Michigan and ten other states are urging the U.S. EPA to set stricter limits on emissions of a known carcinogen called ethylene oxide, or EtO. The chemical is used to sterilize medical equipment. In a letter to the EPA, state attorneys general say the agency is six years behind schedule in setting stricter limits on EtO. The chemical is linked to a higher risk of breast cancer, among other health issues.
We are concerned that the standards for EtO, a flammable and highly reactive gas, fail to adequately protect workers and communities from this toxic chemical for which acute exposure risks include respiratoryirritation and lung injury, headache, nausea, vomiting, diarrhea, shortness of breath, andcyanosis, and chronic exposure risks include cancer, reproductive effects, mutagenic changes,and neurotoxicity. We urge EPA to propose revised standards that adequately protect public health and the environment from the well-documented risks posed by EtO emissions. We also call on the EPA to work with the U.S. Food and Drug Administration (FDA) to support research into effective alternatives to EtO sterilization and end the over-reliance on the practice.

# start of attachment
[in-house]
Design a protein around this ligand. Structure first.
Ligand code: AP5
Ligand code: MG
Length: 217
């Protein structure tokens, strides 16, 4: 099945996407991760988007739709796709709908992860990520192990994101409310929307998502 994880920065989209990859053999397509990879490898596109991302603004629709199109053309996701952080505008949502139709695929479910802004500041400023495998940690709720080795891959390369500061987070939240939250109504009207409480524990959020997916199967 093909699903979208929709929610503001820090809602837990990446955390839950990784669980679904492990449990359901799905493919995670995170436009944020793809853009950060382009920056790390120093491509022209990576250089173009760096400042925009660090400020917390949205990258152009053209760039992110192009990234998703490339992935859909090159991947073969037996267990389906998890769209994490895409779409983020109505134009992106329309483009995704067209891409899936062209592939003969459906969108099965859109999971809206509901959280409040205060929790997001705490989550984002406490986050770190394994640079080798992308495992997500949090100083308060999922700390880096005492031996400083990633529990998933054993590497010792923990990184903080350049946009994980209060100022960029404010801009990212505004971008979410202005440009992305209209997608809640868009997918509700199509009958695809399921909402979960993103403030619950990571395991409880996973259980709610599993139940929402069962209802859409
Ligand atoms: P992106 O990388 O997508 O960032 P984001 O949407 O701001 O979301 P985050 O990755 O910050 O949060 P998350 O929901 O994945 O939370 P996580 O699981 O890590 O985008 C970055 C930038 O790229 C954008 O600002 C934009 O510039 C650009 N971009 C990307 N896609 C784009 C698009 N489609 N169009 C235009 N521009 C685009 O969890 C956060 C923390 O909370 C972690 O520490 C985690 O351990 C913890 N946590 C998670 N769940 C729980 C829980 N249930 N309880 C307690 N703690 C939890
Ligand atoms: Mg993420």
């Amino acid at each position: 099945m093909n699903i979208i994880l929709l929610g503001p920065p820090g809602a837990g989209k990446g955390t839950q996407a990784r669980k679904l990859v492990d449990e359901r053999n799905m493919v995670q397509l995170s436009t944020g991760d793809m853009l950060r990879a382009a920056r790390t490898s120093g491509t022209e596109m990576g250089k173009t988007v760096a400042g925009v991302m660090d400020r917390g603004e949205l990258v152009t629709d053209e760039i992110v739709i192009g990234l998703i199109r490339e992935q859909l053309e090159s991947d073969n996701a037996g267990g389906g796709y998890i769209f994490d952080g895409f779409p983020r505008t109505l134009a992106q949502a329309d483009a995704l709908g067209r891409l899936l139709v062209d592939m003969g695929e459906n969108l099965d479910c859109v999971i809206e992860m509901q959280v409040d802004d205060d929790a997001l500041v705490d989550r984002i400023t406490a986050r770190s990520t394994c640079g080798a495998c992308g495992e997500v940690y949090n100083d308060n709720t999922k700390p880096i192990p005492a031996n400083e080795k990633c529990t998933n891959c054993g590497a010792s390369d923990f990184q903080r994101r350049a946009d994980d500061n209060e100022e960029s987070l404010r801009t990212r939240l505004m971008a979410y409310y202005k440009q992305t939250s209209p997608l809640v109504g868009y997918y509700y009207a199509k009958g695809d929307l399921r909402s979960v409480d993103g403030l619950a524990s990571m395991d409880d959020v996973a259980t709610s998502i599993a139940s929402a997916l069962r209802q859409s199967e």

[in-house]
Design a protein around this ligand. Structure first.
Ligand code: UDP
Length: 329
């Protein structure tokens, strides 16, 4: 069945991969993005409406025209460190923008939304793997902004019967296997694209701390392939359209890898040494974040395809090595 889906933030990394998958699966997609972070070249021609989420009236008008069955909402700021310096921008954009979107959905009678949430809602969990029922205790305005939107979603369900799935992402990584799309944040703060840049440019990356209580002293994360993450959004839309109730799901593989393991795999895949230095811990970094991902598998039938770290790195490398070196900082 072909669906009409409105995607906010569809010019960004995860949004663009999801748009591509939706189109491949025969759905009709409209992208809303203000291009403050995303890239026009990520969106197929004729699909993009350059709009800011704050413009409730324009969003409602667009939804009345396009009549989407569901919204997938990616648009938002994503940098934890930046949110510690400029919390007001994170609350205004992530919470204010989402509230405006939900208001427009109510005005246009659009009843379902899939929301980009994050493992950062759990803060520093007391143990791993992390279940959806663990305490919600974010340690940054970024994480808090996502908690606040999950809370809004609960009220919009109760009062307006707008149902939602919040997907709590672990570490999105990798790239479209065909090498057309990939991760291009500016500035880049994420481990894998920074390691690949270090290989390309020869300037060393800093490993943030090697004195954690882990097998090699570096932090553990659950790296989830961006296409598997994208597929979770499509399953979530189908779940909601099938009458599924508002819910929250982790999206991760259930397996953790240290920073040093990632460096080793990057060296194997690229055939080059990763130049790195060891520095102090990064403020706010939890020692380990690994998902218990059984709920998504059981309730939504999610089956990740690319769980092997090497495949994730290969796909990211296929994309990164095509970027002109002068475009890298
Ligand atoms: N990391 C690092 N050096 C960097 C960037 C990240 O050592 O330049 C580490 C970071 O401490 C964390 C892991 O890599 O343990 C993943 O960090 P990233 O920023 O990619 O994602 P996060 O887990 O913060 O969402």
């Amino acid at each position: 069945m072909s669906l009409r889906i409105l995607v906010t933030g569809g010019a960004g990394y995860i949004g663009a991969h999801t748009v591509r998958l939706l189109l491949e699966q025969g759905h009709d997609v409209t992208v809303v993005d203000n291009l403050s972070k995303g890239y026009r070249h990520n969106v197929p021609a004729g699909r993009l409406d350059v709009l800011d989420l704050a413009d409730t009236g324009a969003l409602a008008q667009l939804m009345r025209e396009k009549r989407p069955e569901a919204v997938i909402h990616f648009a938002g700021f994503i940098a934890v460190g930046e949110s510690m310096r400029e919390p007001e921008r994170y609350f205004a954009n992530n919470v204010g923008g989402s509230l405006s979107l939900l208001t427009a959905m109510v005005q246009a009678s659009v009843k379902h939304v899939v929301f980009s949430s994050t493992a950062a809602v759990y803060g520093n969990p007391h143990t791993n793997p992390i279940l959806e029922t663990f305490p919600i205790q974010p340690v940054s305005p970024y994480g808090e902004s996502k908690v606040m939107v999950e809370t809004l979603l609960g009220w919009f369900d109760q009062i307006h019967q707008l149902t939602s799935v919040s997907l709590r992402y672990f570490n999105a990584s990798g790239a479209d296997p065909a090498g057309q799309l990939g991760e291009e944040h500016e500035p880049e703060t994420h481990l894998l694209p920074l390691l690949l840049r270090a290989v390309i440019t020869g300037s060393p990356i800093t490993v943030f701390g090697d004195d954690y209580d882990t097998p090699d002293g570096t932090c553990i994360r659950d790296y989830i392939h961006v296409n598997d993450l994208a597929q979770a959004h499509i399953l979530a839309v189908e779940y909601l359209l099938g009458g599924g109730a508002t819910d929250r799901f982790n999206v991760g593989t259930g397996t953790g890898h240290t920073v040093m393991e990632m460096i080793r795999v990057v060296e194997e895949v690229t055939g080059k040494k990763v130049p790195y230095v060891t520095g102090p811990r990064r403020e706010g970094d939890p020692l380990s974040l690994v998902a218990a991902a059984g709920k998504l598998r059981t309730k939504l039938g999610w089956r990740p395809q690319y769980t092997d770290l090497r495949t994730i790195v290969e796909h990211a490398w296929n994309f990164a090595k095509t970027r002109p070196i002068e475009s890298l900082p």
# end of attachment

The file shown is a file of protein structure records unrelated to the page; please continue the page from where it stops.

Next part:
In Michigan, Viant, a medical equipment company, recently voluntarily agreed to stop using EtO. That was after tests showed EtO concentrations above existing federal emissions standards.